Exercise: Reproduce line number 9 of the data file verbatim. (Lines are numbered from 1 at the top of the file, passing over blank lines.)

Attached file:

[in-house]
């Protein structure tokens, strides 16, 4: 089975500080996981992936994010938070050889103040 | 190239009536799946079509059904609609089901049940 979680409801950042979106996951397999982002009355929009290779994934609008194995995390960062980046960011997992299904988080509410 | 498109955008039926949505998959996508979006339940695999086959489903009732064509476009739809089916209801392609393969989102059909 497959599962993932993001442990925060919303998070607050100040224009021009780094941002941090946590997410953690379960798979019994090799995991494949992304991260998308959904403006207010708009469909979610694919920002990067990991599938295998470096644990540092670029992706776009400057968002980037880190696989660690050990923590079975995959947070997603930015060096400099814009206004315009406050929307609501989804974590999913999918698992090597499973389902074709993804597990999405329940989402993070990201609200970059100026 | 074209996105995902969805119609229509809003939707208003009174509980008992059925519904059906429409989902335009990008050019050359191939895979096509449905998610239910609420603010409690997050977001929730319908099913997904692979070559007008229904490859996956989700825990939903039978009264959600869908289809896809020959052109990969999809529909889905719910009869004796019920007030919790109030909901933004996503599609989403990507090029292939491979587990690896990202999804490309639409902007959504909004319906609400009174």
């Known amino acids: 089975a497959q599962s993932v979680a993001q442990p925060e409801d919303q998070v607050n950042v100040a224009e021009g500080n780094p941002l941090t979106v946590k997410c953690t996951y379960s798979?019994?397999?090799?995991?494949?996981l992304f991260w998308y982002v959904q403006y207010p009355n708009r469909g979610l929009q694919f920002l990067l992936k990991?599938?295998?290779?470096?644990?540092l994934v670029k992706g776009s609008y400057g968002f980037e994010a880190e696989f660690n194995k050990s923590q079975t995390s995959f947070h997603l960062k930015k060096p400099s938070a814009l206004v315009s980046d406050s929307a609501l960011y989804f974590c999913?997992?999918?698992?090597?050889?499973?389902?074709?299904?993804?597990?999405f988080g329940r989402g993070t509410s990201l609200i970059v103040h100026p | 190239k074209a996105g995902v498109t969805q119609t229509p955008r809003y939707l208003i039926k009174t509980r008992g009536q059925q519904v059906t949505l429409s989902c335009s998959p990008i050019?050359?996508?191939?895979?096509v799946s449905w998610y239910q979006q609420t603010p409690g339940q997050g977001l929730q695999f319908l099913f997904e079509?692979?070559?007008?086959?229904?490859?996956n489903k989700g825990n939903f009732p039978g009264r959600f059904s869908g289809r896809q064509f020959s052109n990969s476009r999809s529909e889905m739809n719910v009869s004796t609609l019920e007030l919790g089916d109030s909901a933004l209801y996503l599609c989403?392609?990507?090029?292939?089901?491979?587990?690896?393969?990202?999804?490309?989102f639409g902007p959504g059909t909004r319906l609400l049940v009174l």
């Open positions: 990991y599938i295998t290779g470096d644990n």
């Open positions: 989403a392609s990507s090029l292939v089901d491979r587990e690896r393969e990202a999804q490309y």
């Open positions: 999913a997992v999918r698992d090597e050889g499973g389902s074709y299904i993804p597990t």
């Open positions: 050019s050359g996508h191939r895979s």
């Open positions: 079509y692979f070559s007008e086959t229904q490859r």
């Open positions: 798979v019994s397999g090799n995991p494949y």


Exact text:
């Open positions: 798979v019994s397999g090799n995991p494949y």